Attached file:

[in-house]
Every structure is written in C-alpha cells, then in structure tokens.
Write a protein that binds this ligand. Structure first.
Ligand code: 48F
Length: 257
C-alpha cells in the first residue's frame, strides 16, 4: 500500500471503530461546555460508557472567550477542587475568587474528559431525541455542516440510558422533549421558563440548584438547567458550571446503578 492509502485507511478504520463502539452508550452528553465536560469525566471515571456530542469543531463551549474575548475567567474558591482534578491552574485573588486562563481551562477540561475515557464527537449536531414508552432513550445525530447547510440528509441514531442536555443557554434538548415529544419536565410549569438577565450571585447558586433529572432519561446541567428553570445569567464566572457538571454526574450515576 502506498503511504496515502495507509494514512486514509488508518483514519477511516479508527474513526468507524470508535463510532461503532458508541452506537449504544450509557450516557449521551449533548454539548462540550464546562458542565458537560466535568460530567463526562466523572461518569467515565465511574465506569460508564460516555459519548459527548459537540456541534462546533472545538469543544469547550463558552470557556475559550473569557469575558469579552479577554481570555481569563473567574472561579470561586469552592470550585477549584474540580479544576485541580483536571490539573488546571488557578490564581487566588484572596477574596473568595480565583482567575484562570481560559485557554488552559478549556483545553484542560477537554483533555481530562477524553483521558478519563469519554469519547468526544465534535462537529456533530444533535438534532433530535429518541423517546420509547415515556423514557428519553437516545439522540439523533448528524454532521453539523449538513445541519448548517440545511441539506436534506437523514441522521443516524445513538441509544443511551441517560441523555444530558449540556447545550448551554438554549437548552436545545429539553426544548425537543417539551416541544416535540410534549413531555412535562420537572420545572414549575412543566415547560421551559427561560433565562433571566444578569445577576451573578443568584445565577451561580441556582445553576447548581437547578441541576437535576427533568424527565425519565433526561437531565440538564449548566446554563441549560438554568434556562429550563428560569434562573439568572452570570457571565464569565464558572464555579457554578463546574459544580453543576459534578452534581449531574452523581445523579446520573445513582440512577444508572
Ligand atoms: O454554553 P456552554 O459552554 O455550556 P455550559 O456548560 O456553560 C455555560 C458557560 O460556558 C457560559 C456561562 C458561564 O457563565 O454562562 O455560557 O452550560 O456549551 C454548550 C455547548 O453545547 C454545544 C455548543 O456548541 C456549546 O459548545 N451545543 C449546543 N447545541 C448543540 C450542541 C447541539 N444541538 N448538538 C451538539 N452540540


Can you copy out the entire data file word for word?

[in-house]
Every structure is written in C-alpha cells, then in structure tokens.
Write a protein that binds this ligand. Structure first.
Ligand code: 48F
Length: 257
C-alpha cells in the first residue's frame, strides 16, 4: 500500500471503530461546555460508557472567550477542587475568587474528559431525541455542516440510558422533549421558563440548584438547567458550571446503578 492509502485507511478504520463502539452508550452528553465536560469525566471515571456530542469543531463551549474575548475567567474558591482534578491552574485573588486562563481551562477540561475515557464527537449536531414508552432513550445525530447547510440528509441514531442536555443557554434538548415529544419536565410549569438577565450571585447558586433529572432519561446541567428553570445569567464566572457538571454526574450515576 502506498503511504496515502495507509494514512486514509488508518483514519477511516479508527474513526468507524470508535463510532461503532458508541452506537449504544450509557450516557449521551449533548454539548462540550464546562458542565458537560466535568460530567463526562466523572461518569467515565465511574465506569460508564460516555459519548459527548459537540456541534462546533472545538469543544469547550463558552470557556475559550473569557469575558469579552479577554481570555481569563473567574472561579470561586469552592470550585477549584474540580479544576485541580483536571490539573488546571488557578490564581487566588484572596477574596473568595480565583482567575484562570481560559485557554488552559478549556483545553484542560477537554483533555481530562477524553483521558478519563469519554469519547468526544465534535462537529456533530444533535438534532433530535429518541423517546420509547415515556423514557428519553437516545439522540439523533448528524454532521453539523449538513445541519448548517440545511441539506436534506437523514441522521443516524445513538441509544443511551441517560441523555444530558449540556447545550448551554438554549437548552436545545429539553426544548425537543417539551416541544416535540410534549413531555412535562420537572420545572414549575412543566415547560421551559427561560433565562433571566444578569445577576451573578443568584445565577451561580441556582445553576447548581437547578441541576437535576427533568424527565425519565433526561437531565440538564449548566446554563441549560438554568434556562429550563428560569434562573439568572452570570457571565464569565464558572464555579457554578463546574459544580453543576459534578452534581449531574452523581445523579446520573445513582440512577444508572
Ligand atoms: O454554553 P456552554 O459552554 O455550556 P455550559 O456548560 O456553560 C455555560 C458557560 O460556558 C457560559 C456561562 C458561564 O457563565 O454562562 O455560557 O452550560 O456549551 C454548550 C455547548 O453545547 C454545544 C455548543 O456548541 C456549546 O459548545 N451545543 C449546543 N447545541 C448543540 C450542541 C447541539 N444541538 N448538538 C451538539 N452540540